FAQ

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What is the course like?

    The course is 85% on gravel roads. The soil surface varies from packed and fast to loose and sandy. There will be several river and stream crossings which can be tricky. Water can be ankle high in spots. The first 3rd of the course is all climbing. There are two very steep (but short) climbs that you might expect to walk. The second 1/3 of the course is rolling to flat and the last 1/3 is mostly downhill. 

    What bike should I bring?

      All bikes are allowed, hardtails are good, but you will be fastest on a purebred gravel bike. The Lauf True Grit was made for Icelandic gravel performance and is of course our favourite for the course.

      What should I wear?

        It's hard to say, it's Iceland and the weather is unpredictable. There could be strong winds, horizontal rain or sunny skies (i.e. bongó). There are water-crossings so your feet will get wet. The best remedy is wool sock - and perhaps extra wool socks. On a great day shorts and short sleeves are terrific but bringing a jacket is always wise as things can turn south in a matter of minutes.
        The average temperature in July is around 10°C / 50°F.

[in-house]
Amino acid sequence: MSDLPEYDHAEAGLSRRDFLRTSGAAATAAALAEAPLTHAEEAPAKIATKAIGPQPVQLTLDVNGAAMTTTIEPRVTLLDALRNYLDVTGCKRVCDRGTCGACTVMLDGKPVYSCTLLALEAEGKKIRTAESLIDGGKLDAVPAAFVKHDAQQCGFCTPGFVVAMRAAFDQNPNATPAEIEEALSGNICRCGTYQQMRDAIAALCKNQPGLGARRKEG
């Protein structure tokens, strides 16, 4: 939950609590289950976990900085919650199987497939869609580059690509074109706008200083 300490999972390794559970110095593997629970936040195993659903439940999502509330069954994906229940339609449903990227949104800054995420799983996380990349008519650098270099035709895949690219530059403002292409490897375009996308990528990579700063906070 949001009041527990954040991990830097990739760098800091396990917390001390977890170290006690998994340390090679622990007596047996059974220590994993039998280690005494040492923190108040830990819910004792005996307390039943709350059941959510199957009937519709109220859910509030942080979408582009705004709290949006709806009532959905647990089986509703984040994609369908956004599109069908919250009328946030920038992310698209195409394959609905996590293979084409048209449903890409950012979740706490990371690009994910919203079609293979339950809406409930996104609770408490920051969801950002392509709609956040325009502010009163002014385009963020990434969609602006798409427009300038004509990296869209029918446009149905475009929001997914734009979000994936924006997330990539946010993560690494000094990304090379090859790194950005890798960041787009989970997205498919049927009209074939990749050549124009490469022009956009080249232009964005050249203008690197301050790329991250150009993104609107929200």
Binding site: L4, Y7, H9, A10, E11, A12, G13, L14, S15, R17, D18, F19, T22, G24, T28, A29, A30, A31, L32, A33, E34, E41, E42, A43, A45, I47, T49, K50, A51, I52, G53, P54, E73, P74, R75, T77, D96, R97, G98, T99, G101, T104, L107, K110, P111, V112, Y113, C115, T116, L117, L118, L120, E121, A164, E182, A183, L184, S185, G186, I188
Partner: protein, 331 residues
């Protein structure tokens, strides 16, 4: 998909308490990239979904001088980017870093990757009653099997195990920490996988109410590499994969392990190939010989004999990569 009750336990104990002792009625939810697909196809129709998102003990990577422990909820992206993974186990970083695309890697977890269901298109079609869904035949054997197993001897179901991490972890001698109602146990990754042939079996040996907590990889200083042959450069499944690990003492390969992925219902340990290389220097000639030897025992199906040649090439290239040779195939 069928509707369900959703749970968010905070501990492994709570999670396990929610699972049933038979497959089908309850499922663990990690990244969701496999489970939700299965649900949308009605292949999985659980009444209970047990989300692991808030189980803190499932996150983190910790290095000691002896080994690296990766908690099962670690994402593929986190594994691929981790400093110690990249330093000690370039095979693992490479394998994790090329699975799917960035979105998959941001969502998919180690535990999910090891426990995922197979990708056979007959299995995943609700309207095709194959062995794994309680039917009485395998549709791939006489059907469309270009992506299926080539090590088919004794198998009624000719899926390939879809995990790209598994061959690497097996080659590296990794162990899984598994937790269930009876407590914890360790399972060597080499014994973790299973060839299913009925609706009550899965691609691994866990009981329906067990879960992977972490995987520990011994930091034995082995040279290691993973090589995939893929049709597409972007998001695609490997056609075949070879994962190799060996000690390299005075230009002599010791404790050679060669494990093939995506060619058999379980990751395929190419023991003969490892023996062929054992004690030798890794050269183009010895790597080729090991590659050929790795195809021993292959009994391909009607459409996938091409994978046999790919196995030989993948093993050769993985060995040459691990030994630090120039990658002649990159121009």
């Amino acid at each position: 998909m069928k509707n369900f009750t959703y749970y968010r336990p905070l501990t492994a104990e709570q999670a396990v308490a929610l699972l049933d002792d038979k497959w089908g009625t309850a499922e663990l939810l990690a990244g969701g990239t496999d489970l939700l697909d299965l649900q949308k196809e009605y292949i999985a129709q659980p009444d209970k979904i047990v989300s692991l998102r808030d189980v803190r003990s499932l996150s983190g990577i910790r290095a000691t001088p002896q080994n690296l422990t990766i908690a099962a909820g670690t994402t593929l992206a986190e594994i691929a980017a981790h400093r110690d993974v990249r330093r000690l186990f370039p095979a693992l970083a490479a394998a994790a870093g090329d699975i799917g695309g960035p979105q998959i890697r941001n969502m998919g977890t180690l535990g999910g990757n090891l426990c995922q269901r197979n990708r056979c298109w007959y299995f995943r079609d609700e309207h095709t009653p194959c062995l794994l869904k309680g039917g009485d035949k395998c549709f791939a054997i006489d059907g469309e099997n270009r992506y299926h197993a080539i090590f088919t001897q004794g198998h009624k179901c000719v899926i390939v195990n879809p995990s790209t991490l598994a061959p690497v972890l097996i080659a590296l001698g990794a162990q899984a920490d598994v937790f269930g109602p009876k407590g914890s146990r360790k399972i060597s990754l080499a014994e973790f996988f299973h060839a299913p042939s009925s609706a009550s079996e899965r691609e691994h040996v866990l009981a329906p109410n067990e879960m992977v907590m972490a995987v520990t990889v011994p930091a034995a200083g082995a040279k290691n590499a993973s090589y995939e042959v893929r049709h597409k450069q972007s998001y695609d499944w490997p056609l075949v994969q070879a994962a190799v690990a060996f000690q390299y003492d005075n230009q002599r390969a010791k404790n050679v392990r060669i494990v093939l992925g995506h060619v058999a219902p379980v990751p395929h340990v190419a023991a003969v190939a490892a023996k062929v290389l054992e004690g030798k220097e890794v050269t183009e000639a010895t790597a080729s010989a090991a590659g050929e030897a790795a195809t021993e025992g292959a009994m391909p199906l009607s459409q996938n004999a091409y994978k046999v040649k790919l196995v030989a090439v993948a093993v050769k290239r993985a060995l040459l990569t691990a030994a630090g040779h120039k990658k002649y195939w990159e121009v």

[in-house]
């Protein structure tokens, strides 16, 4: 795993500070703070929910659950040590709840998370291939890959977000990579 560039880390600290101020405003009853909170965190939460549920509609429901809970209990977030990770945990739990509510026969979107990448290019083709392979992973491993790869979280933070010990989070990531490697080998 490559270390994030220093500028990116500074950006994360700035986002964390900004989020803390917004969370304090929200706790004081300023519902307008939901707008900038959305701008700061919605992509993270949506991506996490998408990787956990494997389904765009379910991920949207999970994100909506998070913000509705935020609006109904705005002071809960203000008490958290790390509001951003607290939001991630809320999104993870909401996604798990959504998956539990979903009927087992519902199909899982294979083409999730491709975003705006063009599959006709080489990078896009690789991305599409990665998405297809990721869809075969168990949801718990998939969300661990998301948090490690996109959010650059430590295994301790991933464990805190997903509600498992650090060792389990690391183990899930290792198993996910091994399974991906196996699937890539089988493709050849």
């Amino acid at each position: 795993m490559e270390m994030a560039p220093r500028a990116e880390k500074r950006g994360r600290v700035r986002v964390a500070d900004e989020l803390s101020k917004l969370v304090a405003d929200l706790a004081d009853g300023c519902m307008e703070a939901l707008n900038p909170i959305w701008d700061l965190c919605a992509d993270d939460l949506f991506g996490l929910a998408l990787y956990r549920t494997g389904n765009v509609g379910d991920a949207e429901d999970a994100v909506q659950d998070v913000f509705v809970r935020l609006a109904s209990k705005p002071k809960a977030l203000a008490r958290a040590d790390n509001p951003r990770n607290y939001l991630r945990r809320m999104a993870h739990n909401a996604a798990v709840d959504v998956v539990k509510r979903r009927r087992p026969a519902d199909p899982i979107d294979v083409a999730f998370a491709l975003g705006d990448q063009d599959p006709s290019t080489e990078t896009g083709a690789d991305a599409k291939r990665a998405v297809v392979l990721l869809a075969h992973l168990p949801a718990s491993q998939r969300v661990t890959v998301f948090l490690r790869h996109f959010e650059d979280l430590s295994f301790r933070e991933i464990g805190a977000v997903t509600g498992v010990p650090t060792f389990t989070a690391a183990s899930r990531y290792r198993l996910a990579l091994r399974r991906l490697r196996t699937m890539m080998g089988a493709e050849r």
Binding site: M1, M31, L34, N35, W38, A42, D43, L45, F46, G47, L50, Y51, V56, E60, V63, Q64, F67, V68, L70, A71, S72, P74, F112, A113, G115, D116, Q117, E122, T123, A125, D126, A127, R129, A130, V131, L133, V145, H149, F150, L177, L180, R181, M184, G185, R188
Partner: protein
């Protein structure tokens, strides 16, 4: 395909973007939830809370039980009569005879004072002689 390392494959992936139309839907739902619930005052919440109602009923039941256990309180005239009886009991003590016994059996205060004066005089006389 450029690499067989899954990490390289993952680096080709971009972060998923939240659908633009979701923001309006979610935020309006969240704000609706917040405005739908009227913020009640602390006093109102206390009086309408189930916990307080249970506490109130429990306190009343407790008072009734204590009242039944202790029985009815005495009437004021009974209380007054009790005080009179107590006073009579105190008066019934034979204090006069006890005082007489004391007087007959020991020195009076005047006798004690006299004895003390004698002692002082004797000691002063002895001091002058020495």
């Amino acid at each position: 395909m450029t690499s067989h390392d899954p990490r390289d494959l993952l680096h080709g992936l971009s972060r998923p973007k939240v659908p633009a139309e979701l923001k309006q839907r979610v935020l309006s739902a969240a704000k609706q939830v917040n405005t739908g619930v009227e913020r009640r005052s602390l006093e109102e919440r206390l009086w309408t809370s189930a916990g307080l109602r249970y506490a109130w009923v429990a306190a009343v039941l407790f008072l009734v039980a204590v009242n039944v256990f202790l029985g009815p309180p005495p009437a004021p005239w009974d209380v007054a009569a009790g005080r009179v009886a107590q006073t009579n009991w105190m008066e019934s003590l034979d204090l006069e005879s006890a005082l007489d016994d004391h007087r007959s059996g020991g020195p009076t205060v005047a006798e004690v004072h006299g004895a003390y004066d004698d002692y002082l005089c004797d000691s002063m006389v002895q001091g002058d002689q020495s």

Will the course be marked?

          Yes. The course will be will marked, however it's important also to load the route onto your cycling computer as we'll be riding where the roads do not have names. The GPX file will be released at least one months prior to race day.

          How are the aid stations?

            We urge you to bring the nutrition you normally use. That said, the aid stations will be stocked with fluids, gels and assorted food.
            Mechanical assistance will be at the aid stations but please make sure you have what you need in order to fix mechanical failures out on the course. Things like extra tubes, plugs, pump, hex keys, etc.

            How do I mingle with the locals?

              Most people speak English in Iceland, but it is good to know "Skál" (cheers) and "Þetta reddast" (it'll be fine).
              We recommend checking out this video to fully blend in - Jæja, já and jú.